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A monologue from the play by Thomas Middleton
NOTE: This monologue is reprinted from Michaelmas Term. Thomas Middleton. London: Arthur Johnson, 1607.
The land’s mine: that’s sure enough, boy.
Let me advance thee, knave, and give thee a kiss:
My plot’s so firm, I dare it now to miss.
Now shall I be divulg’d a landed man
Throughout the livery: one points, another whispers,
A third frets inwardly; let him fret and hang!
Especially his envy I shall have
That would be fain, yet cannot be a knave;
Like an old lecher girt in a furr’d gown,
Whose mind stands stiff, but his performance down.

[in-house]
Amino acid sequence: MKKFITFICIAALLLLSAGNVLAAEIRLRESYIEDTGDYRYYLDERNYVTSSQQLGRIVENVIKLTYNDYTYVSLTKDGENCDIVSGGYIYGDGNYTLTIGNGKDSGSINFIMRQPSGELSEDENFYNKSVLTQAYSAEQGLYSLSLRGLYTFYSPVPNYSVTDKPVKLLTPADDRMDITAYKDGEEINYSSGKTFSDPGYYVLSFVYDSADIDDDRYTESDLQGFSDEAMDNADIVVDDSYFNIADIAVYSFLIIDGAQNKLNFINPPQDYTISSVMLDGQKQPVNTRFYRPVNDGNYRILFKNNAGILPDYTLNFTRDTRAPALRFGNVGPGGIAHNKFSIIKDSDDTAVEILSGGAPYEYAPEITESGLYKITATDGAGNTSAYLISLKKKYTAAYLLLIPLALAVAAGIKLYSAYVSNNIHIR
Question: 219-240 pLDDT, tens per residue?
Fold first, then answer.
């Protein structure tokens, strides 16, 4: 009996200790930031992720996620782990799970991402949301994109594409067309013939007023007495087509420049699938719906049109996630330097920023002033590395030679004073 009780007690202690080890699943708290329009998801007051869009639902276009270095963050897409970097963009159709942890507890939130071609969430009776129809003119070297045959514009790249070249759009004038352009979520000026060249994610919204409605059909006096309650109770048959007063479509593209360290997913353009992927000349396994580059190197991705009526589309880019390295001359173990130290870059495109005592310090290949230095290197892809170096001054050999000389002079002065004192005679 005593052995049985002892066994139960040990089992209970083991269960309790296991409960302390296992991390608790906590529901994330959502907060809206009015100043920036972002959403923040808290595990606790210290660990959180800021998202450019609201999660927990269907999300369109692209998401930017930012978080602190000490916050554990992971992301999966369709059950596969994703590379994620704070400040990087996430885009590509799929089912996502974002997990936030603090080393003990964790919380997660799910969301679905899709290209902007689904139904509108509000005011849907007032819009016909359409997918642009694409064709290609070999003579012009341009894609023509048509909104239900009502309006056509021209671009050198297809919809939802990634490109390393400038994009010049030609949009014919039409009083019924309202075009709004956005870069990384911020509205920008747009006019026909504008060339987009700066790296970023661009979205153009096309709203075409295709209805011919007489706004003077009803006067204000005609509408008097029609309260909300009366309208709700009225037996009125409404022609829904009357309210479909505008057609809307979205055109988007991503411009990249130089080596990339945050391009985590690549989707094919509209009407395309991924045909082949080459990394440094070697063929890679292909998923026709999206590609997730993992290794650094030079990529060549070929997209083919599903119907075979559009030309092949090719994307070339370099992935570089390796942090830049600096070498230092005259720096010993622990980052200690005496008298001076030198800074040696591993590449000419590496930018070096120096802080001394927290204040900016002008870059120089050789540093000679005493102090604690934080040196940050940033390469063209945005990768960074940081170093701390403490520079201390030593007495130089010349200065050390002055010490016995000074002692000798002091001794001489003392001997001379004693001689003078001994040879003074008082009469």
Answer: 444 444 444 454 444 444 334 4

Now come my golden days in. Whither is the worshipful
master Quomodo and his fair bedfellow rid forth?
To his land in Essex. Whence come those goodly load of logs?
From his land in Essex. Where grows this pleasant fruit,
says one citizen’s wife in the row? At master Quomodo’s orchard in Essex.
O, O, does it so? I thank you for that good news, I faith. […]
Grant me patience in my joys, that being so great, I run not mad with ’em!